2 weeks until my half-marathon, and I decided to try a “prep” race, the Reston 10 Miler, presented by Potomac River Running. My plan for this race was to start off at an easy pace, and increase the intensity at mile 4.
39 degrees at the start, but a brisk wind made it feel much colder. Over 800 runners came out for this race, which wound through the streets of the southern part of my hometown, Reston, VA. Reston is notorious for its’ rolling terrain, and word was that this course was a tough one.
Mile 1 started off on a downhill for about .6 mile, then it started rolling. The slight grade into mile 2 must have been tough, because I heard a lot of wheezing from the runners around me. I didn’t think it was too bad, but then, I’m training on those hills. Running at a comfortable pace, I hit the first mile in 9:17, about 8 seconds faster than I wanted, but I was feeling good.
My goal time through mile 4 was 37:40 (9:25 pace), and when I passed the Mile 4 sign, I was at 36:40, a full minute under what I had planned. Mu Garmin was all over the place with heart rate readings (probably from all the other runners around me), so I went by feel, and at this point, I was still very fresh. This is a good sign.
The next part of my plan was to run miles 5 through 8 at half-marathon pace (9:04). I was pushing it a bit harder here, and beginning in mile 6, there was a long uphill. I was running an 8:45 pace going into mile 6, faster than I wanted, but I still wasn’t struggling, so I kept it up. There was no mile marker at mile 7, so I was going by feel again. My goal, at mile 8, was to be at 1:13:56; But first I had to navigate the biggest hill on the course. When I passed the Mile 8 sign, I was at 1:12:03, a 9:00 pace, and almost 2 minutes faster than anticipated.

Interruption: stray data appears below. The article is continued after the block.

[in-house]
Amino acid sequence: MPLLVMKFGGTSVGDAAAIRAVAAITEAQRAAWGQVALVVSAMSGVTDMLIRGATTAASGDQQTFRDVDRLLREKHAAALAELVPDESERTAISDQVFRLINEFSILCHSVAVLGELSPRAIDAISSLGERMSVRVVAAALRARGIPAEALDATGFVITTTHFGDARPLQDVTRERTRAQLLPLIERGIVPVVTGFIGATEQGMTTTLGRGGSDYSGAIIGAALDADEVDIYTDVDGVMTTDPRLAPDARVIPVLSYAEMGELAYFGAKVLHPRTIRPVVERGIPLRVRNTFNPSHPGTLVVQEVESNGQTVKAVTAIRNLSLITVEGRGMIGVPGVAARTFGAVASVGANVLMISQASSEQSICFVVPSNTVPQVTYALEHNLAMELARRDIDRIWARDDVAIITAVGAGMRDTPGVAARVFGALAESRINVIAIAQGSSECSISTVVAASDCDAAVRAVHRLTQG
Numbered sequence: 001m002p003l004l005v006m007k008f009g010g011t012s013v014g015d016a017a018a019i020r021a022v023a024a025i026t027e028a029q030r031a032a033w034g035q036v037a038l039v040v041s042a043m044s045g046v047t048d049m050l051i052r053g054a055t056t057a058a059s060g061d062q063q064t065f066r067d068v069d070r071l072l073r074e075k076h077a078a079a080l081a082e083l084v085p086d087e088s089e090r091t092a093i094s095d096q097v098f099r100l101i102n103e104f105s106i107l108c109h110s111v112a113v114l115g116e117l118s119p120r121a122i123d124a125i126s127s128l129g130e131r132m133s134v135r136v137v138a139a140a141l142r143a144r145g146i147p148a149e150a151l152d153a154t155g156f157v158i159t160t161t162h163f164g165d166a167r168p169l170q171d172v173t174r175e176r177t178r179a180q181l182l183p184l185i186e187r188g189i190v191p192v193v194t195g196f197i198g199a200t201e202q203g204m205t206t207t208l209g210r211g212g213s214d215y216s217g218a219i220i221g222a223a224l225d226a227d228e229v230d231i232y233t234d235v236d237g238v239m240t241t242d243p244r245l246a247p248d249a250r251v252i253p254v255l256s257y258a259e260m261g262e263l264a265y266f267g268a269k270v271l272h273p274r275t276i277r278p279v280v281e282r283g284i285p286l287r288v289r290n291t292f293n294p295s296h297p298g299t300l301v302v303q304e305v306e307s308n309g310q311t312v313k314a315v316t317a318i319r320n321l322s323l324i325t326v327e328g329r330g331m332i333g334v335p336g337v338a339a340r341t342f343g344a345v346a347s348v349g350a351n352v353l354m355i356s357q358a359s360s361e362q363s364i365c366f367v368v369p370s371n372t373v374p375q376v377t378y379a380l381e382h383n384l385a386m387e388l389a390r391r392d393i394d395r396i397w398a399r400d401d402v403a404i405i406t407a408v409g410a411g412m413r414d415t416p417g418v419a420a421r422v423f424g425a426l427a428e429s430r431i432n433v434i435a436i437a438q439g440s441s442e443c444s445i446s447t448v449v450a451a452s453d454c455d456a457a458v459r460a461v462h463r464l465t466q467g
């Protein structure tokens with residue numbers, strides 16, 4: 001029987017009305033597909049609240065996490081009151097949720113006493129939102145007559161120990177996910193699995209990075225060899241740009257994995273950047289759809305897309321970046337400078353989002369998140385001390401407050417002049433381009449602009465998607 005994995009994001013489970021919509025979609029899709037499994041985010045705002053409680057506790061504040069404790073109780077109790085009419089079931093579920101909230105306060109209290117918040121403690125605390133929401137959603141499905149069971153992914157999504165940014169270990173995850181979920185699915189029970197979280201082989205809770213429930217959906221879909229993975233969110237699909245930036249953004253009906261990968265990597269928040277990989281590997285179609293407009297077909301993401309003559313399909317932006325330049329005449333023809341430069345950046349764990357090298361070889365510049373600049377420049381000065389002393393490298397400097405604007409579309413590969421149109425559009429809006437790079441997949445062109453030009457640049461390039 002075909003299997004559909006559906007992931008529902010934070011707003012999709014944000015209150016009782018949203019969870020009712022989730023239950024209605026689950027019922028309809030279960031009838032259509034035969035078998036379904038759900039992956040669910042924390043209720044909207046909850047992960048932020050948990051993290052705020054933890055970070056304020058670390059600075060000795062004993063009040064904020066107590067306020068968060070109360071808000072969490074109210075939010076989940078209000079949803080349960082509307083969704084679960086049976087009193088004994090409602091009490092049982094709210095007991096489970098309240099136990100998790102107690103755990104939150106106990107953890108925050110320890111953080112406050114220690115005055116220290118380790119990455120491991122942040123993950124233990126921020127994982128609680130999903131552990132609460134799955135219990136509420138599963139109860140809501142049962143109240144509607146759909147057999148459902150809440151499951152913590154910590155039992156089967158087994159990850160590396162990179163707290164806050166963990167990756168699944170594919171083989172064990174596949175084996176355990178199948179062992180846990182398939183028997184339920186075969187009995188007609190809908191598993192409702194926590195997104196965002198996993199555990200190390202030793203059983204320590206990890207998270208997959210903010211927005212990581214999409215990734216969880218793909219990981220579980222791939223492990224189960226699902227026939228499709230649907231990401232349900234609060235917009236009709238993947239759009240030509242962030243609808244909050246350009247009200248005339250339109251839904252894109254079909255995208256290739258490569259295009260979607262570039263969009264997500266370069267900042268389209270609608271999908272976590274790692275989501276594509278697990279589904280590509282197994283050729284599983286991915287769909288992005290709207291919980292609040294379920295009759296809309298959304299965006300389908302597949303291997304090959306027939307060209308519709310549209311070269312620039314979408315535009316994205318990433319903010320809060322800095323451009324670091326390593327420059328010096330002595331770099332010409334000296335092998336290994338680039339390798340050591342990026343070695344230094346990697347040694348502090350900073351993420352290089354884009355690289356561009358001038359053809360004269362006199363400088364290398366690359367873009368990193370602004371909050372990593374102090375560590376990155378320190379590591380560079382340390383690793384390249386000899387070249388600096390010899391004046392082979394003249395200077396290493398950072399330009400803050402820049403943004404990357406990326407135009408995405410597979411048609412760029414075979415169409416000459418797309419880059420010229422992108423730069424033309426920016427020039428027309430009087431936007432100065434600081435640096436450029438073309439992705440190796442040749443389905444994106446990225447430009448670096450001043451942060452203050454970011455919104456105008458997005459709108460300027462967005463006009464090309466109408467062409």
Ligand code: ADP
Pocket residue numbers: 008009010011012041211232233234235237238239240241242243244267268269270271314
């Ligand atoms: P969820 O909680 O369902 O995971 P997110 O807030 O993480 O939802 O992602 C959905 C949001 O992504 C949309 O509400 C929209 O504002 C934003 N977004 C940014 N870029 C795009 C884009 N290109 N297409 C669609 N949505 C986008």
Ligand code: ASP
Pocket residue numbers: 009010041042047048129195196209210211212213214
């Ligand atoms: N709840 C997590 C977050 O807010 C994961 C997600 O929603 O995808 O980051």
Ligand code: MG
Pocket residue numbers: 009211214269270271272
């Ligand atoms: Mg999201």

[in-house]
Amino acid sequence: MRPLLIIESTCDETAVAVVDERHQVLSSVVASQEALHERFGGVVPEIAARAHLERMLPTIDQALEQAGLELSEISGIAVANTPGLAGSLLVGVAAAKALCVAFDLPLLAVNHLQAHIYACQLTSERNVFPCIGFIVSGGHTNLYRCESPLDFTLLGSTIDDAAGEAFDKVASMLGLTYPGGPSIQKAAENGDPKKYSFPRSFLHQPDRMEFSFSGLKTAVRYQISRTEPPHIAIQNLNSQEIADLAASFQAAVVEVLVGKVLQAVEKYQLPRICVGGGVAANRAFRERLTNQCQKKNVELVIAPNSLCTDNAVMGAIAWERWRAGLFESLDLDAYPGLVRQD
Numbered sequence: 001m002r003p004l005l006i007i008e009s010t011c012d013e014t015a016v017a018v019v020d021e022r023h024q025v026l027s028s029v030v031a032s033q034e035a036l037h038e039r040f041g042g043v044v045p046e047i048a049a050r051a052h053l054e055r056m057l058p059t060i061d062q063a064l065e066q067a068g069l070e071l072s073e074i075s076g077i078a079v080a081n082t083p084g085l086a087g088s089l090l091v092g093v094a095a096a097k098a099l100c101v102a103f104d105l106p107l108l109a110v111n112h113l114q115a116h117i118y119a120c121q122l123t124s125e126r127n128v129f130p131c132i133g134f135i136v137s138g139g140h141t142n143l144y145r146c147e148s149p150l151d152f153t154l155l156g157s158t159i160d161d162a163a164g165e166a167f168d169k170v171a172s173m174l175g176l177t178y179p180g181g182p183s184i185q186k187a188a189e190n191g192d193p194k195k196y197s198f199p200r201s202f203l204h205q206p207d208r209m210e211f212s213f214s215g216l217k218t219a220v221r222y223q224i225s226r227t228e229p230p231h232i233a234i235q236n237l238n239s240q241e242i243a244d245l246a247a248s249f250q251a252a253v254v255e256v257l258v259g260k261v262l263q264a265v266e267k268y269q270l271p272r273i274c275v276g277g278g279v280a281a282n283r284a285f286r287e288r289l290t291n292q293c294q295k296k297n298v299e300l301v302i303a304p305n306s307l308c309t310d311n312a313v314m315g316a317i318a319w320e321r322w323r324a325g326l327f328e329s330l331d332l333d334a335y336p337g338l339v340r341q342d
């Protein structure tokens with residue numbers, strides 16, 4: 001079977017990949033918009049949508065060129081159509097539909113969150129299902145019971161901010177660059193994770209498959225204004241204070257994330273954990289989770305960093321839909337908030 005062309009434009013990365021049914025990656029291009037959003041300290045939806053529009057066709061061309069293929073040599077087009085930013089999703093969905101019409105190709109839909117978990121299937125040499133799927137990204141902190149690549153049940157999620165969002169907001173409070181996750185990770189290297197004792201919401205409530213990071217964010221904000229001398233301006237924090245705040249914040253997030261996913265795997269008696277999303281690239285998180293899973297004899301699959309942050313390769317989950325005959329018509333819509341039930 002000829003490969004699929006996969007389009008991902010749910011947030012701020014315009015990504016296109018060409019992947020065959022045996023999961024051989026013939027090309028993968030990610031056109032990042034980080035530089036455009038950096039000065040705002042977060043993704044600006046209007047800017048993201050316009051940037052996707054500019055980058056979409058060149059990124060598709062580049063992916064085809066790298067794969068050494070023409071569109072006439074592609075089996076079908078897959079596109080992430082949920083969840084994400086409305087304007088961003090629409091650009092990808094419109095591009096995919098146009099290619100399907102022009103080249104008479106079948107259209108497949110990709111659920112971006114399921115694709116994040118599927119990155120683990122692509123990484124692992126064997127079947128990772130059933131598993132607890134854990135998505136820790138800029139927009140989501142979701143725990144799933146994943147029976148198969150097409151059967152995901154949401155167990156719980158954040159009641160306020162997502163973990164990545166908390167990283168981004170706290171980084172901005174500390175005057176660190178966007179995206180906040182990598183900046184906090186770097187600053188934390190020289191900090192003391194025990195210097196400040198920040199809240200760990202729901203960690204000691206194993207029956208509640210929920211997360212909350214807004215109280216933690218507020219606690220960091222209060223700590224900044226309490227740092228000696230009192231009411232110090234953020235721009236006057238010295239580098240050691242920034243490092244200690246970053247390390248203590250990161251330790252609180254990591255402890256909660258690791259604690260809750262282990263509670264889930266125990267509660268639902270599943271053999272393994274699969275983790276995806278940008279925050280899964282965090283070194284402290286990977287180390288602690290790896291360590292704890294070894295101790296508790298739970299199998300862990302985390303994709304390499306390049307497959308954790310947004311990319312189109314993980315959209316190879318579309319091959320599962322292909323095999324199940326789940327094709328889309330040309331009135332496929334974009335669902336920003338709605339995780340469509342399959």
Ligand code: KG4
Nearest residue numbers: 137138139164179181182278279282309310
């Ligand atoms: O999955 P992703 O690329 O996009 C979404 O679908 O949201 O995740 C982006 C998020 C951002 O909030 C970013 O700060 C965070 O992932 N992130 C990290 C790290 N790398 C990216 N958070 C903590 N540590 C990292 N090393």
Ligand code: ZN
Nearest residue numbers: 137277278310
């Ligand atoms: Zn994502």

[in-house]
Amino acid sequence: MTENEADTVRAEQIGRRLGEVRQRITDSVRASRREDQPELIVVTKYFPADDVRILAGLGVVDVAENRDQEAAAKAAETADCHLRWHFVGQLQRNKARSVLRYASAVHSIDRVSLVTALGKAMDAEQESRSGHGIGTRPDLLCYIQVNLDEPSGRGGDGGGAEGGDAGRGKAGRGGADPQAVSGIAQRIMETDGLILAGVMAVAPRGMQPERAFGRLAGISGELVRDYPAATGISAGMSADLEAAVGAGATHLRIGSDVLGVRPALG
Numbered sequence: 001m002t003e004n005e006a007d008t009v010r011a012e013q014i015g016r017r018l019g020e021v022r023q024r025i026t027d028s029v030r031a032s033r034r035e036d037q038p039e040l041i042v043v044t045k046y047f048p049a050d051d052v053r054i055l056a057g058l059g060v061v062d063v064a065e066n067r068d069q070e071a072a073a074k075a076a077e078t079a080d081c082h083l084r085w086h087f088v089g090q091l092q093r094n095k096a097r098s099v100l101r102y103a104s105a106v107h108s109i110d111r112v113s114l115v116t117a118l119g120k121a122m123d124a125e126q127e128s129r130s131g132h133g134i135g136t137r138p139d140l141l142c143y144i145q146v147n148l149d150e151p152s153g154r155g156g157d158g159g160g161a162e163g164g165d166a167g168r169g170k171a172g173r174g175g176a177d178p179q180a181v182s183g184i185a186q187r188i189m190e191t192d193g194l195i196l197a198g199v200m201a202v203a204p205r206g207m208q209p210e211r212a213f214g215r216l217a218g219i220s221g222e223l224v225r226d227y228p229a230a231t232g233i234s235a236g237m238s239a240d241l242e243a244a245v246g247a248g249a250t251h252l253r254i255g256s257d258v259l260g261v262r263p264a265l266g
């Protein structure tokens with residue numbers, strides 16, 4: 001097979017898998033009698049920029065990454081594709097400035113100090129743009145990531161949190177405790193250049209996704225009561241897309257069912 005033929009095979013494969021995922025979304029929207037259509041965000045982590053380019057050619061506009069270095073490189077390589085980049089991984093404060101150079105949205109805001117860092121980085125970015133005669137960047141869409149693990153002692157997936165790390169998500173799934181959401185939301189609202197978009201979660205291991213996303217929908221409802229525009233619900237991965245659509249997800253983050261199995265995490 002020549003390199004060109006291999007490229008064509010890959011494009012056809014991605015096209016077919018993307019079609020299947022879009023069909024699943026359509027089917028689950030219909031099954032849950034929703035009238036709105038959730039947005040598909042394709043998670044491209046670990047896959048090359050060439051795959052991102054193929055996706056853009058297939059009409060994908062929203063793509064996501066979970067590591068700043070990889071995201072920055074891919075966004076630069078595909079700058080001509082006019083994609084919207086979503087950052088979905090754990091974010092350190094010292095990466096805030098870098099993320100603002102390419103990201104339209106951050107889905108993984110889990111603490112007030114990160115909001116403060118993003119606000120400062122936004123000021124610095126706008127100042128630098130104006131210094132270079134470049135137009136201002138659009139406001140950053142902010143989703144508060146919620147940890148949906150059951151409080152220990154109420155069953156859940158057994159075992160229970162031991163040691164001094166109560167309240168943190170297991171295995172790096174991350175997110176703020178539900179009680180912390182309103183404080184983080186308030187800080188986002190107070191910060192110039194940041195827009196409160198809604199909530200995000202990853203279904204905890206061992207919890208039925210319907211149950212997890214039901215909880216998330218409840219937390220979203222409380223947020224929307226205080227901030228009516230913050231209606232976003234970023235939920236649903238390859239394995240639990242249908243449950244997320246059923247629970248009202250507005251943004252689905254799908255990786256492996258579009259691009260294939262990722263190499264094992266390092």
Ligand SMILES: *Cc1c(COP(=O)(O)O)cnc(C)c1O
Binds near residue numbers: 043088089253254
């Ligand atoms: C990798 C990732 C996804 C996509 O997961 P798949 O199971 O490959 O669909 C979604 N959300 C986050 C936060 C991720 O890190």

Now was the hard part. Climbing the hill to the 8 mile mark meant that there was a steep decline for about a quarter-mile or so. This was, to me, the hardest part of the course. I was cruising along, and I didn’t want to take this downhill too fast. People were passing me, but I wanted to stick to the plan. There were still 2 miles left, and still another up-slope coming.
At mile 9, I clocked in at 1:20:53, and at this point, I knew I was going to PR this course. I had almost a 12-minute cushion over my previous best 10-miler, and I was going to push it here. And happily, the beginning of the last mile was flat, so I took off. As I neared 9.5 miles, my only question now was could I bring it in in 88 minutes? The last quarter-mile was an up-slope by South Lakes High School, just before entering the track. I was still pushing it, and as I entered the track, I really turned it on, running the last 1/10 on the track at a 7:18 pace, crossing the finish in a personal best 1:29:03, a good 2:37 faster than I ran at the Army Ten Miler in October 2010.
So now I prepare for the Half Marathon on March 17th. I’m increasingly more confident that I’ll be able to run under a 1:59 in Washington. There even exists the possibility that I can run this at under a 9:00 pace, which is another goal of mine. An 8:59 pace in a half marathon translates to 1:57:40, which is not completely beyond the realm of possibility, I believe. But that’s looking too far ahead; for now, I just want to beat my PR of 1:59:09.